In our modern western world the shoppers' expectations are getting intrinsically higher, and we need to admit to ourselves that we have become spoiled: just look at some of the third world countries. The shelves are overstocked and the over abundance of the varieties of choices that we have are overwhelming. This is true in general, and also in regards of baked goods. With the aid of our high technological standards, we can achieve and satisfy even the most demanding customer. But we really have to realize that all of this comes at a price. This doesn't necessarily mean only in dollar and cents, but also our health in the long-term. I am confidant that if we apply modern technologies properly, we could reintroduce mandatory human food requirements that have sustained us for many thousands of years, which have only been discarded in recent times (the last 100 years).
It might be better to have less choice, but with better quality. The hidden cost of providing enormous amounts of variety in our foods - especially in perishable foods - are far exceeding their possible nutritional impact on our health. Many inhabitants of third world countries would be happy getting a handful of rice, or a loaf of bread, yet in the western world, we insist on enormous, sometimes exotic, varieties of food. The wasted food that results from this large variety could easily provide food for many third world countries. We need to adjust our morals and return to a more sensible way of eating and living, based on principles that are deeply embedded in our human heritage, and this includes bread made from a sourdough (bacterial) culture.
In the last 50 years the baking industry has provided many conveniences that a baker can employ to satisfy the ever-increasing demand for diverse products. Initially it began with cake and bread mixes, as well as various powders for mousses, creams, etc. This has simplified and economized many operations in the bakery. But the baking industry has already entered another dimension altogether: a point where the baker is even further out of control of the ingredients that make up the products he bakes. This is the new market of frozen products (pastry items, breads): just thaw it, proof it if necessary, and bake it. The new, modern bakeries rely on a large freezer, and possibly don't even need a mixer anymore. An undeterminable amount of hidden ingredients, and preparatory processing techniques are incorporated in today's modern baking practices and they do not find their way on the ingredient labels of the retail products. This is very disturbing, and should be unacceptable for any discerning consumer. The identity of the baker is compromised or just reduced to an extension of the mega company. These techniques are becoming quite widely practices and accepted; for example: croissants made by the baker himself, using raw ingredients, are becoming quite rare. Most croissants sold in North America are made by a handful of companies, and are distributed nation wide in a frozen state to the retail level bakery. This is also true for specialty breads: the choices are anywhere from the chocolate-raisin to the banana-mandarin or the sourdough bread. There is no limit whatsoever. These breads (doughs) are just thawed and baked and "Voilà! One now has oven fresh, in-store baked breads".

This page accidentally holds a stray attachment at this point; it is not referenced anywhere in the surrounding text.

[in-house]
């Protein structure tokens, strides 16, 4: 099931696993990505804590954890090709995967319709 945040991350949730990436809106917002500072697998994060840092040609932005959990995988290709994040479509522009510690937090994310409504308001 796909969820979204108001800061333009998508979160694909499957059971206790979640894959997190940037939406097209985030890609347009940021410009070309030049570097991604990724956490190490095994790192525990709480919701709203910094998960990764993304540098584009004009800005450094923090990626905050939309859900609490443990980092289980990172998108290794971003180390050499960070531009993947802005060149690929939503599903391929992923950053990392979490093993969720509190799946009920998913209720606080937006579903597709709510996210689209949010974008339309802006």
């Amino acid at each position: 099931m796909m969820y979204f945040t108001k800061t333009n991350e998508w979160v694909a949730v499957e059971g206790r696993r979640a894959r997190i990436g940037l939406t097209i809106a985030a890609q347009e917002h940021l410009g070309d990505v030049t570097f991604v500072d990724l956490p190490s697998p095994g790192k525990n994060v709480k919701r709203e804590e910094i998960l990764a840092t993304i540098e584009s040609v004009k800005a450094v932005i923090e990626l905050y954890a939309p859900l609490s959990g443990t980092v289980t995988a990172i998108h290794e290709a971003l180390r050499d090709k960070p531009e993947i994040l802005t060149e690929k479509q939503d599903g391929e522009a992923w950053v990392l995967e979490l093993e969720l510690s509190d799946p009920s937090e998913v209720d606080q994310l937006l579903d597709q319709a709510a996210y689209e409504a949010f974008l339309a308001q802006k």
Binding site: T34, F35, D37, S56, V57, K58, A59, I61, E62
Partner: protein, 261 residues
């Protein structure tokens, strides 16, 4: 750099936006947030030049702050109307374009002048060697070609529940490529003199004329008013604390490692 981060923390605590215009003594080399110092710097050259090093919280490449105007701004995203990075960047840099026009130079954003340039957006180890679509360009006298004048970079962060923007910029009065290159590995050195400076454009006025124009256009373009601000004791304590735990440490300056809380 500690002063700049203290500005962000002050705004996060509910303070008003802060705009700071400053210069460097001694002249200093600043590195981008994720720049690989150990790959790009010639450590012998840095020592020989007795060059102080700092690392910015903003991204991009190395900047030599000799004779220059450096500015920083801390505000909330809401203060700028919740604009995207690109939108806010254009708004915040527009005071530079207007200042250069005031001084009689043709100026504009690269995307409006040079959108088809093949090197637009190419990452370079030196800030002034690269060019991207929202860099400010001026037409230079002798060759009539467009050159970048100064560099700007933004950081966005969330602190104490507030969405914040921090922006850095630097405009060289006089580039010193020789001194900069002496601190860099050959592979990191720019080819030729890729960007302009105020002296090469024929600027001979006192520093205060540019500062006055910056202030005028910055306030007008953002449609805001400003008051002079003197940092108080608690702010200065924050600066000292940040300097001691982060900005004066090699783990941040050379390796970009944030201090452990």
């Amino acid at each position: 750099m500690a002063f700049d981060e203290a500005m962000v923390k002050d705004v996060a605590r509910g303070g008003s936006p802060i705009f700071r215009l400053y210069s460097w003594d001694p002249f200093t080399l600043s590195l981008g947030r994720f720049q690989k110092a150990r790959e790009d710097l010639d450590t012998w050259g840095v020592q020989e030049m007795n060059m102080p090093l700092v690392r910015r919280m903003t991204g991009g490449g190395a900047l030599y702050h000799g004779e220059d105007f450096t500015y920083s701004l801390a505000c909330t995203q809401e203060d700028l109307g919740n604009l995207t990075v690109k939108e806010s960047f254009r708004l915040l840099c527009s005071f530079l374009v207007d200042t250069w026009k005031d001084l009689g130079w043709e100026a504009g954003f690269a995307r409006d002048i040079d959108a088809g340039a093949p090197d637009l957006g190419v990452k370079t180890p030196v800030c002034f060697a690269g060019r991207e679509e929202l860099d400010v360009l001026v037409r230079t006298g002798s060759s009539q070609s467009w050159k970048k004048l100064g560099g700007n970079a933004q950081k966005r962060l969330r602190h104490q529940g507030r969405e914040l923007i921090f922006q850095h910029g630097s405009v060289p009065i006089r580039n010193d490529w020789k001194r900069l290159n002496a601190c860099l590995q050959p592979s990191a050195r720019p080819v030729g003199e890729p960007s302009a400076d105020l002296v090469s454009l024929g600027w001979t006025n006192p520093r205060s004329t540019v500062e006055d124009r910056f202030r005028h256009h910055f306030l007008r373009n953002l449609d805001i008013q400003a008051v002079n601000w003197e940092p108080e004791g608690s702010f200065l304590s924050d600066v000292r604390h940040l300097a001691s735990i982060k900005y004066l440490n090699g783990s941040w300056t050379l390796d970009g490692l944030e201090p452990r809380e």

The smell of the fresh baked bread gets your mouth watering, exactly what they want when you are shopping for groceries.
It is much better to put diverse fresh raw ingredients (bananas, salad, ham, sprouts, homemade marmalade, etc.) on your bread, this way you can have infinite variety and are more in control of the quality of ingredients, otherwise you compromise your position, and rely more on a companies' ethics and marketing strategies. I think this should be avoided or minimized at all cost. Stay away from all kinds of spreads, if you can't trust the origin; make your own.